It's urgent for the U.S. Senate to pass a cybersecurity bill now stalled because of opposition from several lawmakers, officials from the U.S. White House said Wednesday.
Four White House officials called on the Senate to pass the revised Cybersecurity Act, a bill that would create a new mechanism for businesses to share cyberthreat information with each other and with government agencies.
The bill would also create a new intra-agency council to work with private companies to develop cybersecurity standards that businesses could voluntarily adopt. The bill would offer incentives to companies that volunteer for cybersecurity programs, including protection from lawsuits related to cyberincidents and increased help and information on cybersecurity issues from U.S. agencies.
It's "imperative" for the Senate to pass comprehensive cybersecurity legislature, John Brennan, assistant to President Barack Obama for homeland security and counterterrorism, said during a press briefing. The bill would give cybersecurity professional the "tools they need to deal with this increasingly sophisticated and pervasive threat," he added.
The Cybersecurity Act is held up in the Senate over disagreements over what amendments should be allowed to the bill. Several Republicans have opposed the bill, sponsored by Senators Joseph Lieberman, a Connecticut Independent, Susan Collins, a Maine Republican, and three Democrats.
The bill would hand too much authority to the U.S. Department of Homeland Security, Senator John McCain, an Arizona Republican, said last week.
The bill "would do very little to improve our country's national security," he said. "In fact, in its present form, I believe the bill before us would do more to harm our country's economy and expand the size and influence of the federal government -- specifically the Department of Homeland Security -- than anything else."
Other Republicans are asking for the Senate leadership to allow a vote on the Affordable Care Act, a controversial health-care bill, in exchange for a vote on the cybersecurity bill.
Senator Mark Udall, a Colorado Democrat, criticized Republicans for holding up the bill. "I believe the bill is long overdue, and we simply cannot afford not to act," he said on the Senate floor Wednesday.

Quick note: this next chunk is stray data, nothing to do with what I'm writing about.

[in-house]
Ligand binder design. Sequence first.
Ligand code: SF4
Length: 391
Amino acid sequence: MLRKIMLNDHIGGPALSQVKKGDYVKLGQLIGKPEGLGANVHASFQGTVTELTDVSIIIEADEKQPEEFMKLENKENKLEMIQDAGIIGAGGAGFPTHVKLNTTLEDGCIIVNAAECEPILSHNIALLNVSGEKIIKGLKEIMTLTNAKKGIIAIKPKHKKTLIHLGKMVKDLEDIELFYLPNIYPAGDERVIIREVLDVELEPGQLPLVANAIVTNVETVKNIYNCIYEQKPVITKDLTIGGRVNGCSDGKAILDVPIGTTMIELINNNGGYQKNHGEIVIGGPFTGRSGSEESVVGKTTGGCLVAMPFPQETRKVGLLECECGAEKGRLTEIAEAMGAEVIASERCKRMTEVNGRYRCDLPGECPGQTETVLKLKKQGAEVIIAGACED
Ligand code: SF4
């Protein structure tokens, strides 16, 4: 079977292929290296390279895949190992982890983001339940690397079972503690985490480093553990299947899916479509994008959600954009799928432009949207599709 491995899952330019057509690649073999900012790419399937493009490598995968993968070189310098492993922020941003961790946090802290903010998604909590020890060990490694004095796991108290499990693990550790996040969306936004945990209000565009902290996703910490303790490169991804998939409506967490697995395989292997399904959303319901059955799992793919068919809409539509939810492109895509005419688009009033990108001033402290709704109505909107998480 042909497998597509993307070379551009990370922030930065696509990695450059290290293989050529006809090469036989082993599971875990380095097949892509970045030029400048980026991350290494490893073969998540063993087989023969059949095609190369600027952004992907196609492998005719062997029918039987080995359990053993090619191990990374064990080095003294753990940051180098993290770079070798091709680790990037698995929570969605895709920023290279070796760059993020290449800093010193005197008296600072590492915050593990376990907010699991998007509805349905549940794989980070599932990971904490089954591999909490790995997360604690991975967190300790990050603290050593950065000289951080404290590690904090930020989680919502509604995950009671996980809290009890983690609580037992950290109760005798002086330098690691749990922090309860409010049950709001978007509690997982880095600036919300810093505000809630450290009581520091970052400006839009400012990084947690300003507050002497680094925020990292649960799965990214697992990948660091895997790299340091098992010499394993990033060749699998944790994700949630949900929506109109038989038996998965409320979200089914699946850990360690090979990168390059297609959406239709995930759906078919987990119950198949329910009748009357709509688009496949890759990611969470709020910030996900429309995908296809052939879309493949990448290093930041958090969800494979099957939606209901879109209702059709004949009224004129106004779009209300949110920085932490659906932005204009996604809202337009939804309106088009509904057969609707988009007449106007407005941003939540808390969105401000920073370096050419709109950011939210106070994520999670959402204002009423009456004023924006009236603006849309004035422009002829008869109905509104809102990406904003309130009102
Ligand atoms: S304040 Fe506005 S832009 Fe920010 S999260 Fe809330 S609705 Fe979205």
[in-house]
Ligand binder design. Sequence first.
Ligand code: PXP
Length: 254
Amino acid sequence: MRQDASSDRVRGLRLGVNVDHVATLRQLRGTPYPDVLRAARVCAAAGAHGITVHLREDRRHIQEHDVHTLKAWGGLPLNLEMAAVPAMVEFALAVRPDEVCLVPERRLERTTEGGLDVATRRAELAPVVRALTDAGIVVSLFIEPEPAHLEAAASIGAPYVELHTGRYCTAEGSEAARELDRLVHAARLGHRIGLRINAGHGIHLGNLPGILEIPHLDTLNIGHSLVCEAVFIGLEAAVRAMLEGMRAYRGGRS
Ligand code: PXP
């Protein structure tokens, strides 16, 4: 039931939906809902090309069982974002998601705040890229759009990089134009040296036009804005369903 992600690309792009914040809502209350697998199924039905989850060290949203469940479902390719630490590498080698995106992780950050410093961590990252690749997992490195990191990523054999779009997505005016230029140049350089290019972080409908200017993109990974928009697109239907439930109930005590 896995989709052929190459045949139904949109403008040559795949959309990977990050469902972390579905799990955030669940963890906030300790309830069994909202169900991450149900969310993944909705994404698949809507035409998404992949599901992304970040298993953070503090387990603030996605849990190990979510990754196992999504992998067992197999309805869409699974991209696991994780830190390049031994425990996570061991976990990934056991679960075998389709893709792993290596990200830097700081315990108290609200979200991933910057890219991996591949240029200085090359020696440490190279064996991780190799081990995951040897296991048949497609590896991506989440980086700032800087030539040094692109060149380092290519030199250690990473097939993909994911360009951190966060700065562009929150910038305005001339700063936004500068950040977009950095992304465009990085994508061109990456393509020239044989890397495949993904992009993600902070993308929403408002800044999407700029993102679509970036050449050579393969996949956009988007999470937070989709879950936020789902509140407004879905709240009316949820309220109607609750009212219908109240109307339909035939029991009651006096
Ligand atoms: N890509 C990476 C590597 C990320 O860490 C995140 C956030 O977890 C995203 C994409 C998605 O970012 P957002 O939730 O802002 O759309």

Another group of senators, mostly Democrats, have pushed for an amendment to remove provisions that would allow ISPs and other Web companies to monitor their customers' online activities and take countermeasures against cyberthreats. The provision would protect the ISPs and other companies against customer privacy lawsuits.
Fifteen senators, led by Senator Al Franken, a Minnesota Democrat, are pushing for the amendment. The bill, as written, would violate Internet users' privacy, Franken said.
"Americans shouldn't have to worry that their Internet service providers are snooping in their e-mail or accessing the files on their computer for the wrong reasons," Franken said in a statement. "While the Cybersecurity Act does a lot to protect the privacy of American consumers, it also contains provisions that would hurt consumer privacy by allowing ISPs and other companies to monitor email and deploy countermeasures indiscriminately."
But the White House officials said the bill would help protect the U.S. from cyberattacks. "The nation's security is at risk," Brennan said.
"It literally keeps me awake at night thinking the Senate won't act on this," added Eric Rosenbach, deputy assistant secretary of defense for cyber policy.
Supporters of the bill are hoping to force a vote on the bill yet this week.